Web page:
Journal of General Internal Medicine

, 23:1277

First online:

Open Access This content is freely available online to anyone, anywhere at any time.

Prescription Tracking and Public Health

  • Adriane Fugh-BermanAffiliated withDepartment of Physiology and Biophysics, Georgetown University Medical Center Email author 



Monitoring and modifying physicians’ prescribing behavior through prescription tracking is integral to pharmaceutical marketing. Health information organizations (HIOs) combine prescription information purchased from pharmacies with anonymized patient medical records purchased from health insurance companies to determine which drugs individual physicians prefer for specific diagnoses and patient populations. This information is used to tailor marketing strategies to individual physicians and to assess the effect of promotions on prescribing behavior.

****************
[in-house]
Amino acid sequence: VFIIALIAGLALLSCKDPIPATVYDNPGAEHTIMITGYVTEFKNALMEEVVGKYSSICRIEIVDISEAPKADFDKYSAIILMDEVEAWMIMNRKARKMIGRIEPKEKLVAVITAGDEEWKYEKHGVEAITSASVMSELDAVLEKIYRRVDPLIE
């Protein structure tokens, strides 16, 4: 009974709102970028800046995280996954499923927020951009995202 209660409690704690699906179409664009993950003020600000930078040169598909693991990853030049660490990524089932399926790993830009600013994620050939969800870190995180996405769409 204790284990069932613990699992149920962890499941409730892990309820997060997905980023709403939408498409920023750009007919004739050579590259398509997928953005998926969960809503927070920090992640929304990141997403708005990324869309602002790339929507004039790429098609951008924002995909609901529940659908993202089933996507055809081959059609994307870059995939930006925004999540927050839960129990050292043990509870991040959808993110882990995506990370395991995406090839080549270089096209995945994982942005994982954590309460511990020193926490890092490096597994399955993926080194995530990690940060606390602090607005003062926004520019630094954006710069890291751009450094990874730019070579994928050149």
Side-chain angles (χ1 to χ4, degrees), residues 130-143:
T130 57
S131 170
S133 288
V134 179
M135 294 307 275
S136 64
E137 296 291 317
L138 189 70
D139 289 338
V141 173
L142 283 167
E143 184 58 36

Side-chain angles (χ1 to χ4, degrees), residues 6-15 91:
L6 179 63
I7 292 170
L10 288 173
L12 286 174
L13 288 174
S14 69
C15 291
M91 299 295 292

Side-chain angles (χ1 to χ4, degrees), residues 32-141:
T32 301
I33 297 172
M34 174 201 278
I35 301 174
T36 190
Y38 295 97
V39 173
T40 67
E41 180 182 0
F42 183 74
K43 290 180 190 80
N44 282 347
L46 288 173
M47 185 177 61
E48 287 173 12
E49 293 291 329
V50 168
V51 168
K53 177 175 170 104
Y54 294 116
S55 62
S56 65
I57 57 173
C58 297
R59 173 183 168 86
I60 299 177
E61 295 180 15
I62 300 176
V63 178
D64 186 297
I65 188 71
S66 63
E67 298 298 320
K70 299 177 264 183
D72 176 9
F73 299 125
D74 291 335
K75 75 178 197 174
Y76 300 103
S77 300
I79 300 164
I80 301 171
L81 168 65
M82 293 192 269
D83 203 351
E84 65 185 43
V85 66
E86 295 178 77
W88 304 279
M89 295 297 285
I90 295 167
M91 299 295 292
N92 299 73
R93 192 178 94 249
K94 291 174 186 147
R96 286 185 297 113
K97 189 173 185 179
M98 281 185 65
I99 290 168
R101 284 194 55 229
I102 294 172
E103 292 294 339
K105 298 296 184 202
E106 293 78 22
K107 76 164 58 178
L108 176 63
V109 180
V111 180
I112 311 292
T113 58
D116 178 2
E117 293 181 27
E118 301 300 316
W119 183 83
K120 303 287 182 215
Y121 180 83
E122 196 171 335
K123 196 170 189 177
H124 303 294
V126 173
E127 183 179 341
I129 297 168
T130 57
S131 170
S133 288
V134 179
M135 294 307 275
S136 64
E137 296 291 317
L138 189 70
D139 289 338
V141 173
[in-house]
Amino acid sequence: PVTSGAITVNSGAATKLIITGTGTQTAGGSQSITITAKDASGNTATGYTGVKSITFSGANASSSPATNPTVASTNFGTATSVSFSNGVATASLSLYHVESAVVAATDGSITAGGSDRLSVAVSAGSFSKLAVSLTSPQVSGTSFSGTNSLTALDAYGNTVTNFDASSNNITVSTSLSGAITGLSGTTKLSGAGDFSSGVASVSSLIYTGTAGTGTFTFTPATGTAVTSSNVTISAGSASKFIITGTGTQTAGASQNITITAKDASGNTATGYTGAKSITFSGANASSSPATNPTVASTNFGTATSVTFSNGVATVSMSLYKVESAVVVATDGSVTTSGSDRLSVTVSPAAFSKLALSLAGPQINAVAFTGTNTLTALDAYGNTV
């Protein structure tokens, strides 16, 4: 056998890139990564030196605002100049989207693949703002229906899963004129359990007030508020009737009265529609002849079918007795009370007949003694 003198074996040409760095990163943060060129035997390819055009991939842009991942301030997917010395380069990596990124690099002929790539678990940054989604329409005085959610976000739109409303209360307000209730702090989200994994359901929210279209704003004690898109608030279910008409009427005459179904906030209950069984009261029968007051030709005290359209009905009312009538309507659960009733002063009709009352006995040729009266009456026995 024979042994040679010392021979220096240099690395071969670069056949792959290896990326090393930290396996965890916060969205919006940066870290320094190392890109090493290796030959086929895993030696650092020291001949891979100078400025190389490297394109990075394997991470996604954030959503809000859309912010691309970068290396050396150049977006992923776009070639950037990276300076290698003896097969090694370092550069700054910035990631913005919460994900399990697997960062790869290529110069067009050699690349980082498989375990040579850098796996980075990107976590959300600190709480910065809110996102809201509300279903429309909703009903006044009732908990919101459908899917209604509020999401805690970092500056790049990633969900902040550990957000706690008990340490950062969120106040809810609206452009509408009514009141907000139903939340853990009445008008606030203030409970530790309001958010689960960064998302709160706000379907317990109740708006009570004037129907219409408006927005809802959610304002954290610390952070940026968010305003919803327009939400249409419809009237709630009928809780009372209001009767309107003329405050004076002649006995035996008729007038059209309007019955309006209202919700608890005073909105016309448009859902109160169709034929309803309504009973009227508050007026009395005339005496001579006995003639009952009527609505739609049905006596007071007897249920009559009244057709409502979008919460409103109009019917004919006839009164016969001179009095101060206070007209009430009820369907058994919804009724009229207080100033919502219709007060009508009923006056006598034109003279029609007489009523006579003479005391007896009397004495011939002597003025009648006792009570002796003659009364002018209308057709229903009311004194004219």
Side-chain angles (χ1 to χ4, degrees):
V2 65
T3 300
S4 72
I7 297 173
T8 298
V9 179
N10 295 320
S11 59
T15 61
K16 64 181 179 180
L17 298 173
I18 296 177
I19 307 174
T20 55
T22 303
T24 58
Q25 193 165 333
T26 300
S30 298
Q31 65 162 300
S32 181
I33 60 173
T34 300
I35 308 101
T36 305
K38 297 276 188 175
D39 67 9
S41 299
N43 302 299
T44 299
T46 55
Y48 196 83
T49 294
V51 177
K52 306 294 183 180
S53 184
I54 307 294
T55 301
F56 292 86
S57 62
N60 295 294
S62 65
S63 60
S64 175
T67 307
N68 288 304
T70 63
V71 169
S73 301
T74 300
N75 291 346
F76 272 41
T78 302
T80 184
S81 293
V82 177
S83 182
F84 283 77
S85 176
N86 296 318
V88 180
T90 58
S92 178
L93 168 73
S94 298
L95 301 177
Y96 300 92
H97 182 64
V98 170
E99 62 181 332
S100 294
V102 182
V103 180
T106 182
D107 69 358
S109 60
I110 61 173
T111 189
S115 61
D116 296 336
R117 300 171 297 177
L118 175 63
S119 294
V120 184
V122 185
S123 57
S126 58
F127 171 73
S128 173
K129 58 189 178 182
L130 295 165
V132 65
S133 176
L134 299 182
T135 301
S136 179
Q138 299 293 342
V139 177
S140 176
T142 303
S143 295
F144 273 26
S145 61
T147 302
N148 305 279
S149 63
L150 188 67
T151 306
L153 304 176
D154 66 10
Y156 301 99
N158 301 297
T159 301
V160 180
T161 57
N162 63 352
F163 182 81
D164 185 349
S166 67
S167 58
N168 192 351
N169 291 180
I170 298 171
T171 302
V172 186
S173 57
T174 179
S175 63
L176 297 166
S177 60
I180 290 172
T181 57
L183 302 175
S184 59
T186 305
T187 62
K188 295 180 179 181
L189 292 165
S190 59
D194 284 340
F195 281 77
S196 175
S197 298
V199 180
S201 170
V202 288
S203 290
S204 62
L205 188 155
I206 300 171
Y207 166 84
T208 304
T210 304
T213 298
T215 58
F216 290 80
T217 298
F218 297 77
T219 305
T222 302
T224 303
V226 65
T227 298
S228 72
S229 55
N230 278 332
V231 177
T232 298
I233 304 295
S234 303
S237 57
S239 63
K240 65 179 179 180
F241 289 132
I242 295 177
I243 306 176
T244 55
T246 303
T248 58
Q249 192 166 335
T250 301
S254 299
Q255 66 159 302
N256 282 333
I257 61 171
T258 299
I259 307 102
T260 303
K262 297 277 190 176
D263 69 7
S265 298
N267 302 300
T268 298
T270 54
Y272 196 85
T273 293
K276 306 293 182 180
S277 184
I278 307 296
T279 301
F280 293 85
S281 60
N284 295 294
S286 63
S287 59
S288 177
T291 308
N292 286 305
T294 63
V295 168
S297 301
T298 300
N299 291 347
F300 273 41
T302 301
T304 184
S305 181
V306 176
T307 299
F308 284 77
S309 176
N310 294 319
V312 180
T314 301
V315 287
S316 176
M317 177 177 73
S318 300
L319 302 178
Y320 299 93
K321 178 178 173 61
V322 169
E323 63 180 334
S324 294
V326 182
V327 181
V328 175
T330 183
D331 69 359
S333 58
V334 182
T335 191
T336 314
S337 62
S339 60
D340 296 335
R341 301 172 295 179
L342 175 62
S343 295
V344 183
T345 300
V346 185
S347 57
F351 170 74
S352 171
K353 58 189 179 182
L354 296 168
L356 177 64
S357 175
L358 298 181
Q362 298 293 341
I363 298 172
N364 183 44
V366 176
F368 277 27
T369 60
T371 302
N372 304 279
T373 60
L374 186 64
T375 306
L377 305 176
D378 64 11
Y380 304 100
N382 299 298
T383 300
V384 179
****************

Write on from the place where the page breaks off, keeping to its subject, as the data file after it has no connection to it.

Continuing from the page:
The American Medical Association (AMA) created the Prescription Data Restriction Plan in an attempt to address both the privacy concerns of physicians and industry concerns that legislation could compromise the availability of prescribing data. However, the PDRP only prohibits sales representatives and their immediate supervisors from accessing the most detailed reports. Less than 2% of US physicians have registered for the PDRP, and those who have signed up are not the physicians who are targeted for marketing.


Although it has been argued that prescription tracking benefits public health, data gathered by HIOs is designed for marketing drugs. These data are sequestered by industry and are not generally available for genuine public health purposes.


prescription tracking public health pharmaceutical companies physicians health information organizations prescribing behavior pharmaceutical marketing patient-level data